Analysing aphrodisiacs

Katie Batchelor 13 February 2014

Aphrodisiacs are named after the Greek goddess of love and desire, Aphrodite, and are believed to boost sexual desire. However, some people pull a bit of a face when they hear the word. Whether that’s because they think its complete nonsense or perhaps think they wouldn’t ever even need one, this scientific evidence may come as a surprise to skeptics.


A classic romantic treat, and a clever one too. A bite of this will dose you up with a whole range of feel-good chemicals including anandamide and dopamine. The latter is released in the brain’s pleasure centres, peaking during sexual climax. In fact, according to legend, the Aztec leader Montezuma used to drink fifty cups of molten chocolate a day with the hope that it would enhance his sexual abilities.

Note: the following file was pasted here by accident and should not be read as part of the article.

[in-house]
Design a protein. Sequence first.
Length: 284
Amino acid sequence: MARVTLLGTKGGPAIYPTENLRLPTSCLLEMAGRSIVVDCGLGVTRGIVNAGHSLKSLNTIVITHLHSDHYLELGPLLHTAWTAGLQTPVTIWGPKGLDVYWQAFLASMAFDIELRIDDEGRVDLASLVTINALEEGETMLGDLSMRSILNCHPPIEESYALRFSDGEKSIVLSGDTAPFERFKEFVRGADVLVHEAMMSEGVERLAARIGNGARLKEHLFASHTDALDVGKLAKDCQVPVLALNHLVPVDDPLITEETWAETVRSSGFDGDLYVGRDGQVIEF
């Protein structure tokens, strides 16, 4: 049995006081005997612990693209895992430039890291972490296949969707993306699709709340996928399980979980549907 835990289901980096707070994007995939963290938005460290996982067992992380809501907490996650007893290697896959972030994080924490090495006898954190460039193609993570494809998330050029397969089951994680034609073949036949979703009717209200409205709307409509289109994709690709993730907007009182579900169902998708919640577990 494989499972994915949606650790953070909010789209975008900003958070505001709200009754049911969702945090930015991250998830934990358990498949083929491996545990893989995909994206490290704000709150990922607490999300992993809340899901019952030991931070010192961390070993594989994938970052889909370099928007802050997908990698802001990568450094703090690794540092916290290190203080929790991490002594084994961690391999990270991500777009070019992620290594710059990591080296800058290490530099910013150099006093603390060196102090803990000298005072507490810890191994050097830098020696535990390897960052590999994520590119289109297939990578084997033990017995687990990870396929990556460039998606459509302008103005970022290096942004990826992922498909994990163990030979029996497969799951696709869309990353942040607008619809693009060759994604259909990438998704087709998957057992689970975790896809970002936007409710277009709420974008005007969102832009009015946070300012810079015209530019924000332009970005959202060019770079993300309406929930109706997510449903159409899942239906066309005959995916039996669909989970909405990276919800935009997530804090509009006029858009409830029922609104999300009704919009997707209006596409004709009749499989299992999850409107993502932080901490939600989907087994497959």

Apparently these slippery things gained their reputation as a food of love because of their ‘feminine’ appearance. They also contain high levels of zinc, a mineral that boosts testosterone production in men, leading to a higher libido.


Admittedly, the stink of garlic on a potential partner’s breath is not something that will make you want to go jumping into bed with them. However, garlic contains allicin, a substance that increases blood flow to all areas of the body.